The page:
Unions invited to No 10 to heal rift with Government

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The Prime Minister is to hold regular meetings with senior union officials to quell growing unrest over plans to increase private-sector involvement in public services and demands for wide-ranging employment rights.

The Prime Minister is to hold regular meetings with senior union officials to quell growing unrest over plans to increase private-sector involvement in public services and demands for wide-ranging employment rights.

For the first time since Labour was elected in 1997, Tony Blair has agreed to play host to representatives of the countries biggest unions at Downing Street in an attempt to forge a far closer relationship. Unlike last week's much-publicised "working dinner'' the talks, intended to allay fears on "creeping privatisation", will take place in private.

There is also to be a shake-up in the policy unit at Number Ten, involving new staff with stronger trade union credentials.

A senior official in one of Britain's largest unions said yesterday that the Government and the union movement agreed that there was need for closer liaison. "Both sides realise we have got off to a bad start,'' he said.

As Downing Street moved to heal the damaging rift, the leader of a big Labour Party affiliate opened a new battle front with the Government.

Bill Morris, general secretary of the Transport and General Workers' Union (TGWU), demanded a wide range of new union rights including freedom to stage "political'' strikes. Mr Morris told his union's biennial conference in Brighton that the organisation had "much unfinished business'' with the Government. In his keynote address, he demanded full employment protection from "day one'' of employment. Currently, workers can only claim unfair dismissal after being employed for a year.

He said unions should also have all the rights enshrined under a charter drawn up by the UN's International Labour Organisation including the ability to down tools in solidarity with other employees.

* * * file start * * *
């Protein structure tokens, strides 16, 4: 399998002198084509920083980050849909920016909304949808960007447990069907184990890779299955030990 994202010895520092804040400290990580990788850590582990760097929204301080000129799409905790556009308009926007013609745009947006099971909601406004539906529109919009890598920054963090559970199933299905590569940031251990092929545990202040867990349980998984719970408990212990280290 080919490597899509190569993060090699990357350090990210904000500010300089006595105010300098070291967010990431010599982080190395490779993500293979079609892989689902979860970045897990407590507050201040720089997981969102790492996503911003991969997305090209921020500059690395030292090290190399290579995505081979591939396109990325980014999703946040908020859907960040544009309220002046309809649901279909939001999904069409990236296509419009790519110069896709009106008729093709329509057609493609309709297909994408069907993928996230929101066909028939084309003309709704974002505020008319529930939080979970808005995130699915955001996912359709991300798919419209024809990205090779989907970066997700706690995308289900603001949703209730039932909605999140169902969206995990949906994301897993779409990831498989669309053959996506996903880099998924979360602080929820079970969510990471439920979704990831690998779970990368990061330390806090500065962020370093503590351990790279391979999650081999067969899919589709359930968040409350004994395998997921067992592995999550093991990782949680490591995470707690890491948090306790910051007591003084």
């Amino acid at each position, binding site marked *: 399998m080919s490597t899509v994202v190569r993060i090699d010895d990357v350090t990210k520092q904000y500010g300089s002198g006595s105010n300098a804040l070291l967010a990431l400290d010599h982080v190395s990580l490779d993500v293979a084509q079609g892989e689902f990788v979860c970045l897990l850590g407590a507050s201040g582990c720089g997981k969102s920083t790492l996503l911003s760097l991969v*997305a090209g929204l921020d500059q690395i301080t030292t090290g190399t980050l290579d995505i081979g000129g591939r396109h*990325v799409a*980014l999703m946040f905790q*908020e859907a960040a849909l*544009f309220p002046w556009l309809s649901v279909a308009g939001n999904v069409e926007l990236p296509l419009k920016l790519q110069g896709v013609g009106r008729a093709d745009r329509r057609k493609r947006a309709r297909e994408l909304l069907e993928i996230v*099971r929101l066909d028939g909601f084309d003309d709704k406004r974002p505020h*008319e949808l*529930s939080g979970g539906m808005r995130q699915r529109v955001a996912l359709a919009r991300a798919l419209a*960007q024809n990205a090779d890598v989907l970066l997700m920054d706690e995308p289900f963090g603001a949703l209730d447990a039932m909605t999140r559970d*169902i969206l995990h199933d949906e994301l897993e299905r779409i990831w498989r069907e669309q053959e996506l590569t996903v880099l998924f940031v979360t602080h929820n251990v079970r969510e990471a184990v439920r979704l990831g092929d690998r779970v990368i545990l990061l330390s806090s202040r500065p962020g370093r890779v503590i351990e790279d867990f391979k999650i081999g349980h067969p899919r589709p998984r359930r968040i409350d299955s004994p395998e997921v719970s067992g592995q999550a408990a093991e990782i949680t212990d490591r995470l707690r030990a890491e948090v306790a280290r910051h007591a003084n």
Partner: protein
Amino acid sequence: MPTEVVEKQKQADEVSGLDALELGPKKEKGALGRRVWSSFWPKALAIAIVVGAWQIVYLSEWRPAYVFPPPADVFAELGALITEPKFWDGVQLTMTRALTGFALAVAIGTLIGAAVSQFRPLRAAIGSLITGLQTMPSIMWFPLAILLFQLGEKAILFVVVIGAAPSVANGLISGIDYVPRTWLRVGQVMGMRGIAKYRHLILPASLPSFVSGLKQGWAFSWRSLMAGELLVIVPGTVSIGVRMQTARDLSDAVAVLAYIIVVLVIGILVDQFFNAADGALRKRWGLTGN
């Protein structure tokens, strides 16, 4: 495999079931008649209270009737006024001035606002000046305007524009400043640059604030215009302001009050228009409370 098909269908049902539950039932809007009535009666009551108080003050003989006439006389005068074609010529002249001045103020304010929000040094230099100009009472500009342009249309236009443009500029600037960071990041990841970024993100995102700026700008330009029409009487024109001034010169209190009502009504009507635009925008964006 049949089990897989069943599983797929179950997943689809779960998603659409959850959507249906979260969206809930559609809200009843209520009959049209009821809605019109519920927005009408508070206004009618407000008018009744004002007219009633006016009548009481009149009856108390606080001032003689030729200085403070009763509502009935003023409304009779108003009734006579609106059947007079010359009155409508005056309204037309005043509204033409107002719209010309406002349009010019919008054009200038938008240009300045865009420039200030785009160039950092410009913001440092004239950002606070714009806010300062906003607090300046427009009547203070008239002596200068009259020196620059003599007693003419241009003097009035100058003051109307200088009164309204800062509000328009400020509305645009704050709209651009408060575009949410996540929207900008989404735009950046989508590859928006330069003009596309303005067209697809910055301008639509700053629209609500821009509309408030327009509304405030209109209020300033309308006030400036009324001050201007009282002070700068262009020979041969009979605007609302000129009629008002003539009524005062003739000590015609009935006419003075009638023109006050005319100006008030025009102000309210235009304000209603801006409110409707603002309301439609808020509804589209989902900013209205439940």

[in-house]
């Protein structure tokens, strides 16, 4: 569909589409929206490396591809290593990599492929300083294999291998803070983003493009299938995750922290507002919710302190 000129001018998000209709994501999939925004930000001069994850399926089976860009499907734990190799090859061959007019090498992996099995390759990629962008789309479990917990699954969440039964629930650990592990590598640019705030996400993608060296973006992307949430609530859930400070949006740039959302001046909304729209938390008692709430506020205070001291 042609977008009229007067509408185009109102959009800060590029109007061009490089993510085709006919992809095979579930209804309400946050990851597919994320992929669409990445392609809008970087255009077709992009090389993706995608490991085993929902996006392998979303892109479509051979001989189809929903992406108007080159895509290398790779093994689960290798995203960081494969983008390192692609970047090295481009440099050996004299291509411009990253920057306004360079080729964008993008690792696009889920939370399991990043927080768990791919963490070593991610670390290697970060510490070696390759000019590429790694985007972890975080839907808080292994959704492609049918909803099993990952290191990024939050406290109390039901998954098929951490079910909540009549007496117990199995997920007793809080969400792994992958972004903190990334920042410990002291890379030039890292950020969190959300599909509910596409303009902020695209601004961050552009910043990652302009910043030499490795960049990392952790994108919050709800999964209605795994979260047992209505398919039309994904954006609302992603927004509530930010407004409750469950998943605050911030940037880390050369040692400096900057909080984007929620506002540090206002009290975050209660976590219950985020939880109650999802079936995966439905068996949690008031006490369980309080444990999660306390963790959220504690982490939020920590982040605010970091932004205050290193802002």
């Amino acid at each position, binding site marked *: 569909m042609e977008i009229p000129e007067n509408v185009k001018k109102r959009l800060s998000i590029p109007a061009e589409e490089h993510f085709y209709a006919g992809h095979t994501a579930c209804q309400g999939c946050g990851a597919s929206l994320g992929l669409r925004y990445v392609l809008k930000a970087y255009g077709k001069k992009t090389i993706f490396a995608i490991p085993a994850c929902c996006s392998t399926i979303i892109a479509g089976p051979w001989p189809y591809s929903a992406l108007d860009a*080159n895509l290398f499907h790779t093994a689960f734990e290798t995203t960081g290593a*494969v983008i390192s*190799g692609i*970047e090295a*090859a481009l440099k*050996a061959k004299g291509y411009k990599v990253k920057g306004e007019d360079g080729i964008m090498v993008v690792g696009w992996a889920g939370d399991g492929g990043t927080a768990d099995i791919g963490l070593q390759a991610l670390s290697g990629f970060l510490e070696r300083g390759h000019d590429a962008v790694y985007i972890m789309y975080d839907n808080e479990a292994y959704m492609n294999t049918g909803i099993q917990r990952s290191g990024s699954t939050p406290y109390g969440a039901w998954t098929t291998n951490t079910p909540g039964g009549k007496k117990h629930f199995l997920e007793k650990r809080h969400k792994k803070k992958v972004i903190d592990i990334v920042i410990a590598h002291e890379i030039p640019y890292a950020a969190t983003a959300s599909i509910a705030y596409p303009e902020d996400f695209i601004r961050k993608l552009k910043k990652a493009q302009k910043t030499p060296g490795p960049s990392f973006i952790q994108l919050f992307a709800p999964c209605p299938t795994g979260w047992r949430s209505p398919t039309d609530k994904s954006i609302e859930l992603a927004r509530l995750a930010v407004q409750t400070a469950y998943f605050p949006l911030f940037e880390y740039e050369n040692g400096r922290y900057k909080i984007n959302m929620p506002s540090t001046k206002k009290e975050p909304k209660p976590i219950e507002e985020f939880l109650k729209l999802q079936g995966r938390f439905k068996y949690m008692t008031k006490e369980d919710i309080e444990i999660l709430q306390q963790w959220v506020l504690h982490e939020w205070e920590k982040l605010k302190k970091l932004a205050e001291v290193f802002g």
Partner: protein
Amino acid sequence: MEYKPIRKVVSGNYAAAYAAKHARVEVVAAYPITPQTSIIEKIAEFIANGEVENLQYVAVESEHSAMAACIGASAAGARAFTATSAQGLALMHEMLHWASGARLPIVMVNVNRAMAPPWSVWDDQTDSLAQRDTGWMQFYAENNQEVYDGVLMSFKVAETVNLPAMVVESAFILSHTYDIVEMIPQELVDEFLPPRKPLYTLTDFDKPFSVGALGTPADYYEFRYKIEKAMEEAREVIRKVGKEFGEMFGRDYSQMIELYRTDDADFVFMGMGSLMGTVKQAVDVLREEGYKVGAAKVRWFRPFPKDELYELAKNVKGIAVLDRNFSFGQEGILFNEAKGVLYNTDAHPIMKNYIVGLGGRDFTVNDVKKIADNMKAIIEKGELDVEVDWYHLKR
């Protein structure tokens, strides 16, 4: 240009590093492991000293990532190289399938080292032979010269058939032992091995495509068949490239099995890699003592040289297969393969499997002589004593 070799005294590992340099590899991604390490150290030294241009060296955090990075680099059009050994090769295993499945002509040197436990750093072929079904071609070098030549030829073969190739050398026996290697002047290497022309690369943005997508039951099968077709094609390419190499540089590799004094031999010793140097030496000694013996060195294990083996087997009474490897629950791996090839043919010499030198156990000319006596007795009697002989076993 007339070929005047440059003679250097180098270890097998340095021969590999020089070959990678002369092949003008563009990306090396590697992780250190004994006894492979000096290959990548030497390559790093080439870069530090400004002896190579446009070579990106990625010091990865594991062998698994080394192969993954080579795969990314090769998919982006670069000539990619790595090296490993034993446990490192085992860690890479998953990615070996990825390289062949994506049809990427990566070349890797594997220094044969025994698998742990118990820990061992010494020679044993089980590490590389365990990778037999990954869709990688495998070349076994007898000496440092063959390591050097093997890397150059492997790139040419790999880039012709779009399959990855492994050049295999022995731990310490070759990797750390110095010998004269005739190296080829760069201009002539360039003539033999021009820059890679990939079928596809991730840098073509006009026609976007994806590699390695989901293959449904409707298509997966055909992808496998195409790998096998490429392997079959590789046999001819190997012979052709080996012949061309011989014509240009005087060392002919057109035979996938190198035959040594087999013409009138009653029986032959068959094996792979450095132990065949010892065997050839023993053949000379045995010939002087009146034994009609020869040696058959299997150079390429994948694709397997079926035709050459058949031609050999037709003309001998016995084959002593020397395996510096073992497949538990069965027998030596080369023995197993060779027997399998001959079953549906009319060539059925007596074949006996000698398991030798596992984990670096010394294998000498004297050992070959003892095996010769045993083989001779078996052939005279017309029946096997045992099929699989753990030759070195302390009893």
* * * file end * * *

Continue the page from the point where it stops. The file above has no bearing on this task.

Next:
The TGWU leader demanded that unions should have freedom to mount the kind of mass pickets that were characteristic of some industrial disputes in the 70s and 80s. Under present laws unions can face unlimited fines for "secondary'' action.

Laws introduced by the Labour Government enforcing union recognition where a majority of employees want it should be extended to firms with fewer than 20 employees. "We say access to justice should not depend on how many people are employed in the work place or how long you've been on the pay roll."

A resolution to be passed overwhelmingly by delegates tomorrow will also call for the abolition of tight regulations imposed on strike ballots.

Delegates will argue that there should be no warnings on the start of ballots or strikes. The conference also agreed to demand a minimum £6 an hour for TGWU members in the coming wage round.

Ministers had said there should be no "ideological barrier'' to the involvement of the private sector in public services and the TGWU recognised no similar barrier in building a coalition to defend state services, Mr Morris said. That was a reference to his readiness to join one-off campaigns alongside the Liberal Democrats.

He rejected any suggestion that the union should break its link with the Labour Party, however. "It's like the old adage: my mother drunk or sober. I say, 'My party right or wrong'.''

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